Inspector warns council over housing shortfall

A Staffordshire district council has said that it is willing to identify land for an additional 900 homes after an inspector warned that its local plan fails to make adequate provision for housing need.

Lichfield: council to identify further site to address housing shortfall (picture: West Midlands Police)
Lichfield: council to identify further site to address housing shortfall (picture: West Midlands Police)

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In a note setting out his initial findings on Lichfield District Council’s local plan, planning inspector Robert Yuille said that he is satisfied that the authority has complied with the Localism Act’s duty to cooperate, which requires councils to consult and engage with their neighbours on cross-border planning issues.

But the inspector’s note added: "I am, however, concerned that the plan as submitted is unsound in that it does not make adequate provision for the objective assessment of housing need contained in its own evidence base."

The inspector said that the plan provides 7,700 dwellings to meet the needs of Lichfield district over the plan period. "This figure is below the council’s own assessment of housing need set out in its housing needs assessment and the council put forward no substantial reasons at the hearings as to why this should be," the note said.

In a letter responding to the inspector’s note, Richard King, strategic director of democratic, development and legal services at the council, confirmed that the authority "is willing to identify a further site (or sites) to address the current housing shortfall identified in your initial findings".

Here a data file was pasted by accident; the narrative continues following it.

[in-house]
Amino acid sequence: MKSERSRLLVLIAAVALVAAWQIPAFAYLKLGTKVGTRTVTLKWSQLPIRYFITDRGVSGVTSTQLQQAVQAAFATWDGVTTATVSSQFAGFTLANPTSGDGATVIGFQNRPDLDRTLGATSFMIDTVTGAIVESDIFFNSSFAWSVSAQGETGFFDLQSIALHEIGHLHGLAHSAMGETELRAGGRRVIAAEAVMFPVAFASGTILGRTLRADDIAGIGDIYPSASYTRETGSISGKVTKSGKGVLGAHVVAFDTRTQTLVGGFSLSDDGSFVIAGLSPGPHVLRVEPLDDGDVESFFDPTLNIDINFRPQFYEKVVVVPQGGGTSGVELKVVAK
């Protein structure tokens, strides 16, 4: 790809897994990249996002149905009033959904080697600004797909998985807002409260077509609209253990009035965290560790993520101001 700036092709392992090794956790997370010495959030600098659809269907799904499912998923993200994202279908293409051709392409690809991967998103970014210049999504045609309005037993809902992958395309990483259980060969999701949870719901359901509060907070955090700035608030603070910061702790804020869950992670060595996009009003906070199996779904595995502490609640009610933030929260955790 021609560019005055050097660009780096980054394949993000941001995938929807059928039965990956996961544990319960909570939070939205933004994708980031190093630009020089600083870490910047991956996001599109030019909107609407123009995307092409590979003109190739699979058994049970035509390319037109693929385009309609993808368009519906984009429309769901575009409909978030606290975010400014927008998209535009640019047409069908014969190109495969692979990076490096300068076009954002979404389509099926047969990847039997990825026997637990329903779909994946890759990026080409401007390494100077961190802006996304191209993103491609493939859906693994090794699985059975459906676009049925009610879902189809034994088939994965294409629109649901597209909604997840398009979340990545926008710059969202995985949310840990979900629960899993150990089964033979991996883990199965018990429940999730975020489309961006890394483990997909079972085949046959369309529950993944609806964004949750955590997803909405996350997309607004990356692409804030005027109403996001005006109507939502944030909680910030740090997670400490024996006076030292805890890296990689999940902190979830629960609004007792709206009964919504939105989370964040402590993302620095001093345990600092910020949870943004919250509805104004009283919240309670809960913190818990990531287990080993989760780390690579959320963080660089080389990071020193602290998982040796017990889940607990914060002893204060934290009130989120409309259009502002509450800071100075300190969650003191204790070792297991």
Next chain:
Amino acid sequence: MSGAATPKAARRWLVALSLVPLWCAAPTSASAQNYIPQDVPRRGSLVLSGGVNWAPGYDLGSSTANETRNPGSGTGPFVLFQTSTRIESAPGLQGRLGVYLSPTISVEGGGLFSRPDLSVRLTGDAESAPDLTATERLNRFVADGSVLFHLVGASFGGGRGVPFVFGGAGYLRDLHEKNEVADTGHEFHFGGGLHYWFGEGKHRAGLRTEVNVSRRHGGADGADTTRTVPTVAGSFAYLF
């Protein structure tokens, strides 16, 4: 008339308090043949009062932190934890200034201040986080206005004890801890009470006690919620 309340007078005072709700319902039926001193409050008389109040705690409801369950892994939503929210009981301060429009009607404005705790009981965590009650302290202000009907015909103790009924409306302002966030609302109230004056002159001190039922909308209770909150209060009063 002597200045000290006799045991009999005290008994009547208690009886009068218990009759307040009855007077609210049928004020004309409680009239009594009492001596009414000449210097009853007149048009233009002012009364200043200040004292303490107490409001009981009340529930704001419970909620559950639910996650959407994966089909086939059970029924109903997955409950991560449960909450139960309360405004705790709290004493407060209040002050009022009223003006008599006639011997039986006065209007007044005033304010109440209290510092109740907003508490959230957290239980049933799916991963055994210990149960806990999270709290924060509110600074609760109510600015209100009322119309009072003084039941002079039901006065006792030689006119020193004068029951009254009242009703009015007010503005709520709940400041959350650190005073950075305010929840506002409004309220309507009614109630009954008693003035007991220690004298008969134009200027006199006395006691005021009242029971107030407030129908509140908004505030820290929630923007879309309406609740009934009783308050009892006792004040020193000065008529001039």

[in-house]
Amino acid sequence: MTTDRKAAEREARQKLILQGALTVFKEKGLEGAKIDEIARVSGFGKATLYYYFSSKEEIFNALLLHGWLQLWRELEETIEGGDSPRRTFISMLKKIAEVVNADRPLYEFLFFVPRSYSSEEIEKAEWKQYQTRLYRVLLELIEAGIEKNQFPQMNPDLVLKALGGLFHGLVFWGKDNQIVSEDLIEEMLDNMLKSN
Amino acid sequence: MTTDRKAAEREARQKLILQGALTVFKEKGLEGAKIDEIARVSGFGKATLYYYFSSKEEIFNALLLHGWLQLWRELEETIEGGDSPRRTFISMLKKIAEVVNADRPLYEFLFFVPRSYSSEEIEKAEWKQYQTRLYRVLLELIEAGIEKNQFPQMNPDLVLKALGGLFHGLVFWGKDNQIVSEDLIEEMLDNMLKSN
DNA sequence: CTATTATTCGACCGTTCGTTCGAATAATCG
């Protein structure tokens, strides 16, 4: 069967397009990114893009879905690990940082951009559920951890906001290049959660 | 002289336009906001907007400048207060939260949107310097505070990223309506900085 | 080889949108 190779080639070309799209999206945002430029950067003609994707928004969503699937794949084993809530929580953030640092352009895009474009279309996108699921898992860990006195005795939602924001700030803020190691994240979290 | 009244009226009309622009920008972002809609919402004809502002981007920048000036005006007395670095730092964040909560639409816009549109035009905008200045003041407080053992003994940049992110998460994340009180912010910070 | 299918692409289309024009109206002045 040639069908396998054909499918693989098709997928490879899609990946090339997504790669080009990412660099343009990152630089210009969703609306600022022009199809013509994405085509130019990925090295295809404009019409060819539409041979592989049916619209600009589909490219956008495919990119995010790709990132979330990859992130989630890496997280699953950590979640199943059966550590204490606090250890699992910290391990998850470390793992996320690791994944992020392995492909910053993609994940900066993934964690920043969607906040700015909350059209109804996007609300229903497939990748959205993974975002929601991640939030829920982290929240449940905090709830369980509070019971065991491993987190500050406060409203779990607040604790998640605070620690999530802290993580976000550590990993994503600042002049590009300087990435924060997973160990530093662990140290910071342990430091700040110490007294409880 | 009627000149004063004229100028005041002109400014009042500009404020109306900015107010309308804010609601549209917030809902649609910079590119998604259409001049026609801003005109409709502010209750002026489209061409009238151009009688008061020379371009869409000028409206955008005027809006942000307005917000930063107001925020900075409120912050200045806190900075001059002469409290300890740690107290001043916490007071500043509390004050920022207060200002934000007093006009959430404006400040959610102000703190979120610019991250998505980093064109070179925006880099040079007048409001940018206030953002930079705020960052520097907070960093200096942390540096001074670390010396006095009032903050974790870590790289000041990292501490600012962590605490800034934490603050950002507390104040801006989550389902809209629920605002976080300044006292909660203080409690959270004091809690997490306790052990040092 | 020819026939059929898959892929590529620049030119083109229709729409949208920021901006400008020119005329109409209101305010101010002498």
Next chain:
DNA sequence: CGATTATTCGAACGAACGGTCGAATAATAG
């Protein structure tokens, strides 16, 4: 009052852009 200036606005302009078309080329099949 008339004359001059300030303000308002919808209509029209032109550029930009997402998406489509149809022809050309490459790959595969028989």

Ian Pritchard, cabinet member for development services at Lichfield District Council, said: "We are pleased with the inspector’s initial findings on our local plan. At this early stage, the inspector has indicated that, apart from the need to increase housing numbers in the district over the coming years, the key elements of our spatial strategy are sound.

"In relation to housing locations and numbers, the inspector confirmed we have identified the best sites, but that we need to incorporate more homes in our plan before it can be judged as sound overall.?

"With regards to housing numbers, the inspector has indicated that we need to make sure at least a further 900 homes are included in our plan between now and 2028. He has given us around six months to carry out this work, which will involve identifying potential housing sites, consulting again with local people and organisations and updating the plan to reflect the new homes."

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